• Completing a Board-accredited professional Bachelor’s Degree in Architecture (typically takes 5 years)
  • Fulfilling the requirements as set by the Architects Board, including passing the registration examination (typically a minimum of 2 to 3 years upon graduation with an accredited professional degree)

It also conforms to the path as prescribed (indirectly) by the Architects Boards via their list of accredited architectural programs worldwide.

In the United States, it would be the National Architectural Accrediting Board (NAAB – source), while in the UK, it is the Architects Registration Board (ARB – source).

(The relevant Board in other countries are listed for your easy reference towards the end of the post.)

Consulting the primary source of information is your best bet to be sure of the path to becoming a licensed architect – as long as you also fulfill the other practical experience and documentation requirements as set by the Board.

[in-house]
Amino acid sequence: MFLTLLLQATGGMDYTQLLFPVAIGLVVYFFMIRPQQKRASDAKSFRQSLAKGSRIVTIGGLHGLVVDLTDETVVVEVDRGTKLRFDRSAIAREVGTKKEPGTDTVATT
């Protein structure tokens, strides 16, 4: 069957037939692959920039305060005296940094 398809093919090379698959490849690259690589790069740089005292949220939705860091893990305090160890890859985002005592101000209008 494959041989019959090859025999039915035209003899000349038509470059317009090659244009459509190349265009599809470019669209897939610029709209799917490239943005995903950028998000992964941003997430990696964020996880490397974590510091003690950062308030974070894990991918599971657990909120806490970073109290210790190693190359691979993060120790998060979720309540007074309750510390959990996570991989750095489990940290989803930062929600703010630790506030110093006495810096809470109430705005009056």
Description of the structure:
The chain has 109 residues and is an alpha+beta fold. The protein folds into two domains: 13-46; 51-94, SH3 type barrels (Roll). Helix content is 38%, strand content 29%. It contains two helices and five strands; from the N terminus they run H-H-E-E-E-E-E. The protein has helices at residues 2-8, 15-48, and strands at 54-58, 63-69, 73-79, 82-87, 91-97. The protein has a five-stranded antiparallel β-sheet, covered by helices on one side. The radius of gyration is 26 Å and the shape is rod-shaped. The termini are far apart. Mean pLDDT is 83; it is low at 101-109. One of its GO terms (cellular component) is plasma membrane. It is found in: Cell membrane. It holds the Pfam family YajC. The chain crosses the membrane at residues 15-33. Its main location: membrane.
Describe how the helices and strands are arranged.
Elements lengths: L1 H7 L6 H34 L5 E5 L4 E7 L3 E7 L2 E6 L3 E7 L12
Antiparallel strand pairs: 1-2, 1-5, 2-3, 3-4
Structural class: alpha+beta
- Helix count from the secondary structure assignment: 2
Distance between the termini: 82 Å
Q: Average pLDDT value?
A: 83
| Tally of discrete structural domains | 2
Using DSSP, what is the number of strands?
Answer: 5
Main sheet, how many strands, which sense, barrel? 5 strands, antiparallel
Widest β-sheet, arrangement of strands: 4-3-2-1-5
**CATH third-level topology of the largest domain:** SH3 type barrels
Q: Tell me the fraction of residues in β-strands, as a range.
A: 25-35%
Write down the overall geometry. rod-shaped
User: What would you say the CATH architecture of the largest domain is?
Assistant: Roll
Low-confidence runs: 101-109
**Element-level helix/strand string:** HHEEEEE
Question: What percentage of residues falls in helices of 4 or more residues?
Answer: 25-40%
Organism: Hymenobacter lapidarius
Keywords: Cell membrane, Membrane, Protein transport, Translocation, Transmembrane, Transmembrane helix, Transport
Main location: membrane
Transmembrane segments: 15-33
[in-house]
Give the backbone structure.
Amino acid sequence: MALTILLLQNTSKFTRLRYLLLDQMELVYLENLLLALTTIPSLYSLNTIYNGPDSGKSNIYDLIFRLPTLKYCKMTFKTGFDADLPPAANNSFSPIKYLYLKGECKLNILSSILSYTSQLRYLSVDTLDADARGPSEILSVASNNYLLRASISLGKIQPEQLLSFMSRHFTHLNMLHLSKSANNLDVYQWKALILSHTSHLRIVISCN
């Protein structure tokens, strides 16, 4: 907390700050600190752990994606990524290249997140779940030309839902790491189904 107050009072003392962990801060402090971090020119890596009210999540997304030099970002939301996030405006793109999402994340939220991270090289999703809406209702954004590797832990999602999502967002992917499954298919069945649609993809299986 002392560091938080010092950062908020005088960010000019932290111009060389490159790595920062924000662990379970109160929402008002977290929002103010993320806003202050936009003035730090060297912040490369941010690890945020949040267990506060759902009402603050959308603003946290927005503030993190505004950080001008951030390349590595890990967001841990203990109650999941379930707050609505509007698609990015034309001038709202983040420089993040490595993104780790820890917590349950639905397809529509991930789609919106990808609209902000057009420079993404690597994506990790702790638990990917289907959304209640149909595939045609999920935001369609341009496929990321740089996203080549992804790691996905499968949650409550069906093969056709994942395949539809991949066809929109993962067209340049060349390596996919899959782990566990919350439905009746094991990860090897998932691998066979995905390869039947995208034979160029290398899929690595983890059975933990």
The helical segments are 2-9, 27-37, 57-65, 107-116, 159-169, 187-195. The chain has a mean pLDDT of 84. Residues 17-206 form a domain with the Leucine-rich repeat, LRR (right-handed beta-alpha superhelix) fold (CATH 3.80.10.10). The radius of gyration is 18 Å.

Other Useful Tips

Although this path is the most straightforward amongst the ones written in this post, unexpected things can arise. And when they happen, be resourceful and find your way through.

  • If you happen to be interested in an architecture study program – local or abroad –  but you are unsure of its accreditation status, write to your Architects Board to ask and seek confirmation. An undergraduate study in architecture takes five years. The last thing you want is to be told by the Board upon graduation that it is not accredited, and you need to fulfill more requirements.
  • Be mindful of the practical experience requirements for licensure that are set by the Board. If possible, choose the architecture firm that you work for that will allow you to obtain the necessary work experience.
  • Gain practical experience in as wide a variety of projects as possible – residential, commercial, industrial, etc. You want to demonstrate diversity in the work you undertake.

Path 2: High School > Pre-professional Degree > Professional Degree > Licensure

This path is the 4+2 route that you may have heard of before. It is a combination of a pre-professional degree with a professional Master of Architecture.